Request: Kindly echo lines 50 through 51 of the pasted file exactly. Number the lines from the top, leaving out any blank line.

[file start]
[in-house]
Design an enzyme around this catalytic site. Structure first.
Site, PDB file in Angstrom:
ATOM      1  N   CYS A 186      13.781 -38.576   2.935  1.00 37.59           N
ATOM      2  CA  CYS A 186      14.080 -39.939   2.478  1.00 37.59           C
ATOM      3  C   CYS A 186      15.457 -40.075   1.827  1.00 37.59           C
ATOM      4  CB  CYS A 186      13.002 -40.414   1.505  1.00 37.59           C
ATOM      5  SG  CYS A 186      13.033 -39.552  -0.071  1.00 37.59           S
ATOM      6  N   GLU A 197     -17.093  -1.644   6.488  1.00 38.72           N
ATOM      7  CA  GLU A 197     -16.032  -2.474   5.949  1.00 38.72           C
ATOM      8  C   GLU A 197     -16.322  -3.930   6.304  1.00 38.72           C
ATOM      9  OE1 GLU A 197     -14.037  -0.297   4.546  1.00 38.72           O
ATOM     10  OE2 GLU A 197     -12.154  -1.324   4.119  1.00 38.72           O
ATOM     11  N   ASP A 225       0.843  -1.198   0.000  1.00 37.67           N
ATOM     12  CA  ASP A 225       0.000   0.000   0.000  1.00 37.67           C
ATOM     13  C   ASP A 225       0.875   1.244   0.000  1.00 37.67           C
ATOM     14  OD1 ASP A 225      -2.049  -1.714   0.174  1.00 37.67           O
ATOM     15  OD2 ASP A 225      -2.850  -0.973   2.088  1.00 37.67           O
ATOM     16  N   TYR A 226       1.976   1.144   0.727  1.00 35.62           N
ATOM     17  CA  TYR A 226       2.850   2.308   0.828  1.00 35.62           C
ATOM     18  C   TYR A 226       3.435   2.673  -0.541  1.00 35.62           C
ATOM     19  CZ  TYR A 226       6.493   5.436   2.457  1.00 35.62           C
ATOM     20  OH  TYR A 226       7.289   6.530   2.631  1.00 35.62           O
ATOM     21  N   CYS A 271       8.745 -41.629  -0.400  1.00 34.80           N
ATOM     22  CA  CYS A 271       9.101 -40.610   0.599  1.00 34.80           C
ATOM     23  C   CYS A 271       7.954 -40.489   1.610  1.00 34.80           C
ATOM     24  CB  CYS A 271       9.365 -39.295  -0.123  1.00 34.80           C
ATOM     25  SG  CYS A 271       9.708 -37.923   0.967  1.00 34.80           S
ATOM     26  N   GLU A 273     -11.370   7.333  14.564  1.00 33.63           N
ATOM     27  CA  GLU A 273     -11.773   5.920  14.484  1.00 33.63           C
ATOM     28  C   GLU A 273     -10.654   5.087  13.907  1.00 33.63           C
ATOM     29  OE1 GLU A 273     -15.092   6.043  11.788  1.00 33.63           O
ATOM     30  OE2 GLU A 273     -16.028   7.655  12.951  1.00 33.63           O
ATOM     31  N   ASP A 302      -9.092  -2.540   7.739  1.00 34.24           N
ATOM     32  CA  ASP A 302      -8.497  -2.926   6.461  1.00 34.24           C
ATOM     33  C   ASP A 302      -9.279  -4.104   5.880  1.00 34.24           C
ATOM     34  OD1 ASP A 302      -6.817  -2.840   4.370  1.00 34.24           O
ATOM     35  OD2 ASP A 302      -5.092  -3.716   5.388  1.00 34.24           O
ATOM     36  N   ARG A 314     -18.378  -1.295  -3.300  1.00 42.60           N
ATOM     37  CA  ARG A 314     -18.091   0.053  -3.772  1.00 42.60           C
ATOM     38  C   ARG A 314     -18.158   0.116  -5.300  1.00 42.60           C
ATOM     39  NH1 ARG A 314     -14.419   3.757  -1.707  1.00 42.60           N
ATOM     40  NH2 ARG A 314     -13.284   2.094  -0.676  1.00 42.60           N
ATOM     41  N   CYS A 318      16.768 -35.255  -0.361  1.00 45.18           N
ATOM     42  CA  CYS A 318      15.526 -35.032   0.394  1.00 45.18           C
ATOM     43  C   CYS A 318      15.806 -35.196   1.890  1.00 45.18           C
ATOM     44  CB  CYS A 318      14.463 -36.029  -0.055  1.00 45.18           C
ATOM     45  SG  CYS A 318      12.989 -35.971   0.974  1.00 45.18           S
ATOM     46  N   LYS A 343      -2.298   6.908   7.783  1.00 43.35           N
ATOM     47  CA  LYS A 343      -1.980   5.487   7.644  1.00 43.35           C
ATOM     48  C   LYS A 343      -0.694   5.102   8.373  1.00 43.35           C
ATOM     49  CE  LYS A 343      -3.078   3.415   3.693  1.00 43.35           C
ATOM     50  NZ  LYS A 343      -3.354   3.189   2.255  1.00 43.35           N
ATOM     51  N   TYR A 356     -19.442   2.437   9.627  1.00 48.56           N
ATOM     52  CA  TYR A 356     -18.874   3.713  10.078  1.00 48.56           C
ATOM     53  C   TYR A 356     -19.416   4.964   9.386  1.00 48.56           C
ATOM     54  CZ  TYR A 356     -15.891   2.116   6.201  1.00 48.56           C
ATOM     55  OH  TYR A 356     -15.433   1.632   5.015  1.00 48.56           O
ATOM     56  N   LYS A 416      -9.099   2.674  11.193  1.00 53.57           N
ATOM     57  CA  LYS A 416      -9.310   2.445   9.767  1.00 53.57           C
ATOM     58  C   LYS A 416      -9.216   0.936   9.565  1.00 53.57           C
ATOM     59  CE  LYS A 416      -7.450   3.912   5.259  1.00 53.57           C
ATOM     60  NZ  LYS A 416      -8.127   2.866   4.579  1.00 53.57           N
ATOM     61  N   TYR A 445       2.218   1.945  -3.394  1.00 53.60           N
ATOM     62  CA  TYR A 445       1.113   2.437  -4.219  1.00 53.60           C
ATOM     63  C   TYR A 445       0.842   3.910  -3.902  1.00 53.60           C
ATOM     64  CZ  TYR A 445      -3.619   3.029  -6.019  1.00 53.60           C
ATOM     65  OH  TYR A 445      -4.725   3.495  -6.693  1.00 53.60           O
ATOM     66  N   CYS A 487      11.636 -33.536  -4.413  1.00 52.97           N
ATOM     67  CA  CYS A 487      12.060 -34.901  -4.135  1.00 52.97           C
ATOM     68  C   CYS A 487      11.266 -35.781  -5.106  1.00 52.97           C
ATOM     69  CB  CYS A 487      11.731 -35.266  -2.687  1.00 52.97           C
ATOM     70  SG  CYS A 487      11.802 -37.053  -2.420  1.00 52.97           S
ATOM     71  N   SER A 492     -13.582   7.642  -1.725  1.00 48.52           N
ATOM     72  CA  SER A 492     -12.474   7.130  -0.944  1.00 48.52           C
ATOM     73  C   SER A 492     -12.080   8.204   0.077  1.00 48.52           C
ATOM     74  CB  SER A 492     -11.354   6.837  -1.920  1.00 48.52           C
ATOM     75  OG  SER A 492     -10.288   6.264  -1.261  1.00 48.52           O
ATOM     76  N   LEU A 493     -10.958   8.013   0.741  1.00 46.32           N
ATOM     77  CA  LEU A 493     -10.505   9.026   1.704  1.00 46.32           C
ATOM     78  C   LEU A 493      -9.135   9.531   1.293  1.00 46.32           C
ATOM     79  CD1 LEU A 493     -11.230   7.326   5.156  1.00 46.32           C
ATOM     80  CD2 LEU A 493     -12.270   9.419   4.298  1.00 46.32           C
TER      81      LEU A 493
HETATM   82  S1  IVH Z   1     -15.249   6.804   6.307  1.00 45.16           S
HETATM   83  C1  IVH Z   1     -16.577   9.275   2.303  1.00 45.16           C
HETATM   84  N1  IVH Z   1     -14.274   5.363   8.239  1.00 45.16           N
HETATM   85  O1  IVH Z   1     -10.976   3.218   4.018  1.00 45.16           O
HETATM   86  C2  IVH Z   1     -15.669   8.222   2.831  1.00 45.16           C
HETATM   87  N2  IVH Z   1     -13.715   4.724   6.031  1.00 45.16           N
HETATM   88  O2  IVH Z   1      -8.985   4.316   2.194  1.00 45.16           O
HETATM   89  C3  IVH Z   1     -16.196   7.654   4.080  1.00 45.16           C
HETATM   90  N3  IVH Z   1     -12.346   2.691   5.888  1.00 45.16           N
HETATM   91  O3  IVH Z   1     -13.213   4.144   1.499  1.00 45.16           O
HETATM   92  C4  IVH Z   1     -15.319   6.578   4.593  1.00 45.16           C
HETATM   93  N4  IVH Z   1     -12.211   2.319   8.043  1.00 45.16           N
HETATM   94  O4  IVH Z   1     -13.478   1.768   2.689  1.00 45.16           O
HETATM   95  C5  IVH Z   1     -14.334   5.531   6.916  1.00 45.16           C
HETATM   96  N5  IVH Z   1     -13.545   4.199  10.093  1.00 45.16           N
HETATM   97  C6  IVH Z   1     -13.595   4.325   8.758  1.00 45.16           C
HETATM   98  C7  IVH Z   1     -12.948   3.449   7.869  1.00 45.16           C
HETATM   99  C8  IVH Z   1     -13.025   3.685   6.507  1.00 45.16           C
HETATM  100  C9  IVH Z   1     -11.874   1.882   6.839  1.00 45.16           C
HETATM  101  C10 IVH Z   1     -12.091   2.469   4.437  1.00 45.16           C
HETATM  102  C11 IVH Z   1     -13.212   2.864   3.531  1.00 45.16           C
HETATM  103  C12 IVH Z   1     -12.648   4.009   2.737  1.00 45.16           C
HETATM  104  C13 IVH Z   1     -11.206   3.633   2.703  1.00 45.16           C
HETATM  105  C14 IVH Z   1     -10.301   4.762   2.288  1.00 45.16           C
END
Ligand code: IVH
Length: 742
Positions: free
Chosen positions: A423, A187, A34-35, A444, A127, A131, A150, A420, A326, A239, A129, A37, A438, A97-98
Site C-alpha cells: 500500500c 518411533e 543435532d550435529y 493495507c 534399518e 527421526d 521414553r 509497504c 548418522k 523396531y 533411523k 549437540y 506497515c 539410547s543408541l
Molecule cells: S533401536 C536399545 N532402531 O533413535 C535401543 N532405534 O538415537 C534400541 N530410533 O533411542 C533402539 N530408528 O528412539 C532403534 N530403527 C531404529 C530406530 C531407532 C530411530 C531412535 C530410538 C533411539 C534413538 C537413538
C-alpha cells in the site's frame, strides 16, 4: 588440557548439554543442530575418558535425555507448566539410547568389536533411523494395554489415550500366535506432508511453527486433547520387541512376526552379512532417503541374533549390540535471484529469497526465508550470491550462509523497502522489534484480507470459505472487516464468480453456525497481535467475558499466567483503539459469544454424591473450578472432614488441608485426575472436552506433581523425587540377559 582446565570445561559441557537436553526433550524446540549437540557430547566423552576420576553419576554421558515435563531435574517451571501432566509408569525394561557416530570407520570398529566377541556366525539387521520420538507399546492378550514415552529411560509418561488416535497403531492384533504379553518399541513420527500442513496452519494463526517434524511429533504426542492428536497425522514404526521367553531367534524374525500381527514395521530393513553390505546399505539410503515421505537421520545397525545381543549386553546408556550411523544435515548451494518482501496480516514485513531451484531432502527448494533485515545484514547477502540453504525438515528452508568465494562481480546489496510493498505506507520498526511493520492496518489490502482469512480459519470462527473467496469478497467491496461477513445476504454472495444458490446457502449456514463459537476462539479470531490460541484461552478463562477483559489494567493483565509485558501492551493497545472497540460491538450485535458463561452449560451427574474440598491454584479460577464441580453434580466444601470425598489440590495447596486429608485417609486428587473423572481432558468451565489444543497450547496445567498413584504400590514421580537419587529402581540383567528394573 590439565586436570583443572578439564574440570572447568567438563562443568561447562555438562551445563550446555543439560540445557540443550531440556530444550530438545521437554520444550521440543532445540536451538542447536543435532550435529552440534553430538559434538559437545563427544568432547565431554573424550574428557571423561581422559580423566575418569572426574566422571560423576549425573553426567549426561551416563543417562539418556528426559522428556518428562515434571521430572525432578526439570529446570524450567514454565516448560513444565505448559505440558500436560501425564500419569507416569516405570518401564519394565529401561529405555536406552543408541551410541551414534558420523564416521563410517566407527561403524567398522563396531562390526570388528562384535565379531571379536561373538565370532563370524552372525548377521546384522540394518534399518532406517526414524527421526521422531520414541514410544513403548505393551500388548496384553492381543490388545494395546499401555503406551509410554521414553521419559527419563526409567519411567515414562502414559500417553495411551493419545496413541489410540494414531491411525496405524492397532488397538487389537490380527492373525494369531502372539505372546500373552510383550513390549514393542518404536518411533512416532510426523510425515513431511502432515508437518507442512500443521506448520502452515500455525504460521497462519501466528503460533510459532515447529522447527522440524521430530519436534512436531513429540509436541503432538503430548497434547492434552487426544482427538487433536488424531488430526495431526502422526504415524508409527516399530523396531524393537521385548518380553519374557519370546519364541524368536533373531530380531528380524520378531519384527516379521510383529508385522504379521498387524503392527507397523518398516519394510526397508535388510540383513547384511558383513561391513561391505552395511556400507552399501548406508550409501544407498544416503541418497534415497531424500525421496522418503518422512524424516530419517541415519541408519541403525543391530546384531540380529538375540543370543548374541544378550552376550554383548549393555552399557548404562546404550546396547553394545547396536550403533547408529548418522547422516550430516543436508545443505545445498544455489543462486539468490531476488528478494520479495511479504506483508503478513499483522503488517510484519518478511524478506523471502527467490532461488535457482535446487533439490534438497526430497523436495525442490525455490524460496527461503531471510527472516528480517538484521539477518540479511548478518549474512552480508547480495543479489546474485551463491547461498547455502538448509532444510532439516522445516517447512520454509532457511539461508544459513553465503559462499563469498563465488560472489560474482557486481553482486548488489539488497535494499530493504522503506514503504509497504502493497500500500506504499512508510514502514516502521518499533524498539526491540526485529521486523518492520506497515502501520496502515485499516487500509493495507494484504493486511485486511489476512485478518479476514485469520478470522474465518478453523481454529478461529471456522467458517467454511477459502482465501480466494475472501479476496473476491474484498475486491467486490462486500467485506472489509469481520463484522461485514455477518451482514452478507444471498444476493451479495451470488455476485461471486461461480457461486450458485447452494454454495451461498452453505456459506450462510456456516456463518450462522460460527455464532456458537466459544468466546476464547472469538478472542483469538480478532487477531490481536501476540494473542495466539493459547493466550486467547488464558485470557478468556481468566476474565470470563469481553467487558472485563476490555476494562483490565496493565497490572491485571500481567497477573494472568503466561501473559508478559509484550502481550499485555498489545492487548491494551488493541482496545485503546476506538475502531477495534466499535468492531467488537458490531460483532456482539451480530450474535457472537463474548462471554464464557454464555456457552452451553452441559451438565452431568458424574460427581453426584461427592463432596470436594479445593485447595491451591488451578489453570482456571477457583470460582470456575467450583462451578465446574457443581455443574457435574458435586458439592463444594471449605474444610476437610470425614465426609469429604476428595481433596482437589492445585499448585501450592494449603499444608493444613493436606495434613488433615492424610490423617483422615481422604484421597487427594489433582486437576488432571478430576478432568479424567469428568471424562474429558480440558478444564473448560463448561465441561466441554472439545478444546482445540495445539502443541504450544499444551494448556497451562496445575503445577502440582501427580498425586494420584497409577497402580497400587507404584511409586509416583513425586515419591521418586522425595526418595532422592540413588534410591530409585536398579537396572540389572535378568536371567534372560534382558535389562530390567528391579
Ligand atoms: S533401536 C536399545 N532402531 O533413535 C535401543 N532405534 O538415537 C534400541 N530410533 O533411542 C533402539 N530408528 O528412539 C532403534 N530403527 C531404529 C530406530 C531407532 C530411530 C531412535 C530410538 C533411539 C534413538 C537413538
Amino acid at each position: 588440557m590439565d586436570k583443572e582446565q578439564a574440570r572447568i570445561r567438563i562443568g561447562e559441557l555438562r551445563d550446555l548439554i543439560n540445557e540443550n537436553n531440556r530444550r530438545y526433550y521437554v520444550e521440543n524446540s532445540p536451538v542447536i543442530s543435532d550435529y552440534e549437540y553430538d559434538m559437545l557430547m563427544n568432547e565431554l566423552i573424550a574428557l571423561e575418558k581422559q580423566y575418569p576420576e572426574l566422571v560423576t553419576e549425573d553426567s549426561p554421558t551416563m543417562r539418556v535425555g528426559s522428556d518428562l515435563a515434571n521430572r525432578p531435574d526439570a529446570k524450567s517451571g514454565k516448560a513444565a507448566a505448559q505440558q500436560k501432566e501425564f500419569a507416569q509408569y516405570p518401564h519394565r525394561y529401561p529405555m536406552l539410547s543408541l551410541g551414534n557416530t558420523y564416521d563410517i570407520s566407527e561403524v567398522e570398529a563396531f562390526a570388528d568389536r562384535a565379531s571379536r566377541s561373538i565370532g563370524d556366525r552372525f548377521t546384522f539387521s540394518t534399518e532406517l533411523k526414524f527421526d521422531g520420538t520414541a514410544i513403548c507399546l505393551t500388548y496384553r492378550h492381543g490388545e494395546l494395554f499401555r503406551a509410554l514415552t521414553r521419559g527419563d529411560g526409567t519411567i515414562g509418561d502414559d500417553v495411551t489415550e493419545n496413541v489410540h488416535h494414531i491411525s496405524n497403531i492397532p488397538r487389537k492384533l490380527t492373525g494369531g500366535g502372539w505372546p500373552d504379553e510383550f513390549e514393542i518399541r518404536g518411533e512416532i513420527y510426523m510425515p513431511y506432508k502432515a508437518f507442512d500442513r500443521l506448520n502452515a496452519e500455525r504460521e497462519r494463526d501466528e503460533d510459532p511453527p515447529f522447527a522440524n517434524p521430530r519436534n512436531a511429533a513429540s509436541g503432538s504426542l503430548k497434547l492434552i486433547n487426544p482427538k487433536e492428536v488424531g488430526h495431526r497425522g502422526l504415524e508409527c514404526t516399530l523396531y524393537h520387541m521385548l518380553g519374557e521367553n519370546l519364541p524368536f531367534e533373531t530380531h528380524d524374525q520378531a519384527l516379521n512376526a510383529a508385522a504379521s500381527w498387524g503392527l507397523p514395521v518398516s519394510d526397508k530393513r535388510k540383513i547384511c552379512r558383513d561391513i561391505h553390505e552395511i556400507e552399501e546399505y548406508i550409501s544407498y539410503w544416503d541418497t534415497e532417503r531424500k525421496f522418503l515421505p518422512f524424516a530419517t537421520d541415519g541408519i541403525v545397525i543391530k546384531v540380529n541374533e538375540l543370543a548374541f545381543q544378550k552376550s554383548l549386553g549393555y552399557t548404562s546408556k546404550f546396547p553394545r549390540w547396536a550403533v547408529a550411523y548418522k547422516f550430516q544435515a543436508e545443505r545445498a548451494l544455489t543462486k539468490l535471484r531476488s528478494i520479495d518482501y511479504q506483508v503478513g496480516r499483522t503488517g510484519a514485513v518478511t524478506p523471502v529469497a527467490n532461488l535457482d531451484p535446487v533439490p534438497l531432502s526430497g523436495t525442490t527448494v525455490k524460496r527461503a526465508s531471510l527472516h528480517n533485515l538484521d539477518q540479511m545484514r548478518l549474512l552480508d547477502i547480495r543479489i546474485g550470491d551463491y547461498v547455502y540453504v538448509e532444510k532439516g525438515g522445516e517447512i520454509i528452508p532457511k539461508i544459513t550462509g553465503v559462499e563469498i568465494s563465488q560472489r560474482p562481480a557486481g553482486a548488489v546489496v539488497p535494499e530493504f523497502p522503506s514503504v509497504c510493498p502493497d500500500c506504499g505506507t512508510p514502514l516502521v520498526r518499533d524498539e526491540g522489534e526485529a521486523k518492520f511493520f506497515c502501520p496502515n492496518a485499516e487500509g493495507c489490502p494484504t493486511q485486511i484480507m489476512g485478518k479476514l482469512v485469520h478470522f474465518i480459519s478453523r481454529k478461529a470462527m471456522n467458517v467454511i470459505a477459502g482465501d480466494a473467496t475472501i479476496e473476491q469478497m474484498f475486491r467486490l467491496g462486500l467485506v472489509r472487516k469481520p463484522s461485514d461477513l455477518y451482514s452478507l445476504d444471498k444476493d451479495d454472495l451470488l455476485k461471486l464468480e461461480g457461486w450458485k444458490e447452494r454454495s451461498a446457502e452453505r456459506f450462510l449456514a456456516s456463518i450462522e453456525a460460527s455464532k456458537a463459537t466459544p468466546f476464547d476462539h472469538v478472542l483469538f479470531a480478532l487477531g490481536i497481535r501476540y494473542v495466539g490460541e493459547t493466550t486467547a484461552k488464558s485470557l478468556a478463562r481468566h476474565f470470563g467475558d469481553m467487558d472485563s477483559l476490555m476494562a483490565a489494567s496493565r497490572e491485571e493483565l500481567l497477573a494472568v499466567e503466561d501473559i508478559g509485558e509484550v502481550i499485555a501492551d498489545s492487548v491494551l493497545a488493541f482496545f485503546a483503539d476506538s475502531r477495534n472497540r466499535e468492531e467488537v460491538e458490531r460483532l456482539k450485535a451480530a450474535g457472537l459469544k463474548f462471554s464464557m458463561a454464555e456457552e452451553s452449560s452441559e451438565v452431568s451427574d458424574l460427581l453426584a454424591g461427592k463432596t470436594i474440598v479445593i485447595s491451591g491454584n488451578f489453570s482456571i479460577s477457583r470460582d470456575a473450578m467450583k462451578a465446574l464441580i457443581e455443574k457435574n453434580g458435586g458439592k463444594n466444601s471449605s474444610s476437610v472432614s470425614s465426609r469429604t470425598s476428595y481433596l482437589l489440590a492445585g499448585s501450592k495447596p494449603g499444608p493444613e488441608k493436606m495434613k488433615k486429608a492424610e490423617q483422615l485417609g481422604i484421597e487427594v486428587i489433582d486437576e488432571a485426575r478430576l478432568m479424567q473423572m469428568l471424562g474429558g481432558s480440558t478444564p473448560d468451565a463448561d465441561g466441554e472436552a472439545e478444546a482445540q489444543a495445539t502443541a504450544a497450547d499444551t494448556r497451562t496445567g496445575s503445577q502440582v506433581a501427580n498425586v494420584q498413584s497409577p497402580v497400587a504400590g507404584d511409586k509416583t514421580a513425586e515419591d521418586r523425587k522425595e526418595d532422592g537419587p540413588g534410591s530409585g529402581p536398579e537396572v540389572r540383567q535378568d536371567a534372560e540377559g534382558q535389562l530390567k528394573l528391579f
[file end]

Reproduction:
ATOM     47  CA  LYS A 343      -1.980   5.487   7.644  1.00 43.35           C
ATOM     48  C   LYS A 343      -0.694   5.102   8.373  1.00 43.35           C